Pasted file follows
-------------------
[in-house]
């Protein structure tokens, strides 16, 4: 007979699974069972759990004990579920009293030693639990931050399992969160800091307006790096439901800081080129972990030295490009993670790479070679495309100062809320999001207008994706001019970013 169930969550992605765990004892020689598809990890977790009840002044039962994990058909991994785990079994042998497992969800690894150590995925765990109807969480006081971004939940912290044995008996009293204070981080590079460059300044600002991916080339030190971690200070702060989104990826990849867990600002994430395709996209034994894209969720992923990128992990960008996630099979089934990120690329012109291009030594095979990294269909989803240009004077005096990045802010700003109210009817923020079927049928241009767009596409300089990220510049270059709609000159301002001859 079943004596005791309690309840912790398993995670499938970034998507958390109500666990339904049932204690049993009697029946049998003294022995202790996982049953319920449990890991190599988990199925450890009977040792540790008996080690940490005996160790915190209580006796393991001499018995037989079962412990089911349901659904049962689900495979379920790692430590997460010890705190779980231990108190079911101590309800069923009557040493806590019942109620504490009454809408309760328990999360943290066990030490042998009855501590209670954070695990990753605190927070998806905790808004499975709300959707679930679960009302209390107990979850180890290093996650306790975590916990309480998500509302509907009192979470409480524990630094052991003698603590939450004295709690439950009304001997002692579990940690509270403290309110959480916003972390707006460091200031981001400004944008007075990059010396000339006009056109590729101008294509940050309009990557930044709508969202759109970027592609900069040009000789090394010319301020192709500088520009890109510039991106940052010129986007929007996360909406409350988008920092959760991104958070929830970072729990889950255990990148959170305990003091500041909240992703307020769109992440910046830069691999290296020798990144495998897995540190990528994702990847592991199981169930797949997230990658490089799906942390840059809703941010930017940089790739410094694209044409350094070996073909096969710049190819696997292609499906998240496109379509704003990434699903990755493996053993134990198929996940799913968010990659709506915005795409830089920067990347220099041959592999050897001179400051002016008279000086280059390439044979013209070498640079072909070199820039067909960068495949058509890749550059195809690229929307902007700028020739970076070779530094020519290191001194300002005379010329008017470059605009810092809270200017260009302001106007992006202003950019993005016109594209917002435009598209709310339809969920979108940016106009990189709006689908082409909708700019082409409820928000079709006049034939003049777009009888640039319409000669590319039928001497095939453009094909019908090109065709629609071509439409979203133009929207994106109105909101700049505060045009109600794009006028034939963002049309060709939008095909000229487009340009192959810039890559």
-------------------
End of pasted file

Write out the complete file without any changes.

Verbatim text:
[in-house]
């Protein structure tokens, strides 16, 4: 007979699974069972759990004990579920009293030693639990931050399992969160800091307006790096439901800081080129972990030295490009993670790479070679495309100062809320999001207008994706001019970013 169930969550992605765990004892020689598809990890977790009840002044039962994990058909991994785990079994042998497992969800690894150590995925765990109807969480006081971004939940912290044995008996009293204070981080590079460059300044600002991916080339030190971690200070702060989104990826990849867990600002994430395709996209034994894209969720992923990128992990960008996630099979089934990120690329012109291009030594095979990294269909989803240009004077005096990045802010700003109210009817923020079927049928241009767009596409300089990220510049270059709609000159301002001859 079943004596005791309690309840912790398993995670499938970034998507958390109500666990339904049932204690049993009697029946049998003294022995202790996982049953319920449990890991190599988990199925450890009977040792540790008996080690940490005996160790915190209580006796393991001499018995037989079962412990089911349901659904049962689900495979379920790692430590997460010890705190779980231990108190079911101590309800069923009557040493806590019942109620504490009454809408309760328990999360943290066990030490042998009855501590209670954070695990990753605190927070998806905790808004499975709300959707679930679960009302209390107990979850180890290093996650306790975590916990309480998500509302509907009192979470409480524990630094052991003698603590939450004295709690439950009304001997002692579990940690509270403290309110959480916003972390707006460091200031981001400004944008007075990059010396000339006009056109590729101008294509940050309009990557930044709508969202759109970027592609900069040009000789090394010319301020192709500088520009890109510039991106940052010129986007929007996360909406409350988008920092959760991104958070929830970072729990889950255990990148959170305990003091500041909240992703307020769109992440910046830069691999290296020798990144495998897995540190990528994702990847592991199981169930797949997230990658490089799906942390840059809703941010930017940089790739410094694209044409350094070996073909096969710049190819696997292609499906998240496109379509704003990434699903990755493996053993134990198929996940799913968010990659709506915005795409830089920067990347220099041959592999050897001179400051002016008279000086280059390439044979013209070498640079072909070199820039067909960068495949058509890749550059195809690229929307902007700028020739970076070779530094020519290191001194300002005379010329008017470059605009810092809270200017260009302001106007992006202003950019993005016109594209917002435009598209709310339809969920979108940016106009990189709006689908082409909708700019082409409820928000079709006049034939003049777009009888640039319409000669590319039928001497095939453009094909019908090109065709629609071509439409979203133009929207994106109105909101700049505060045009109600794009006028034939963002049309060709939008095909000229487009340009192959810039890559």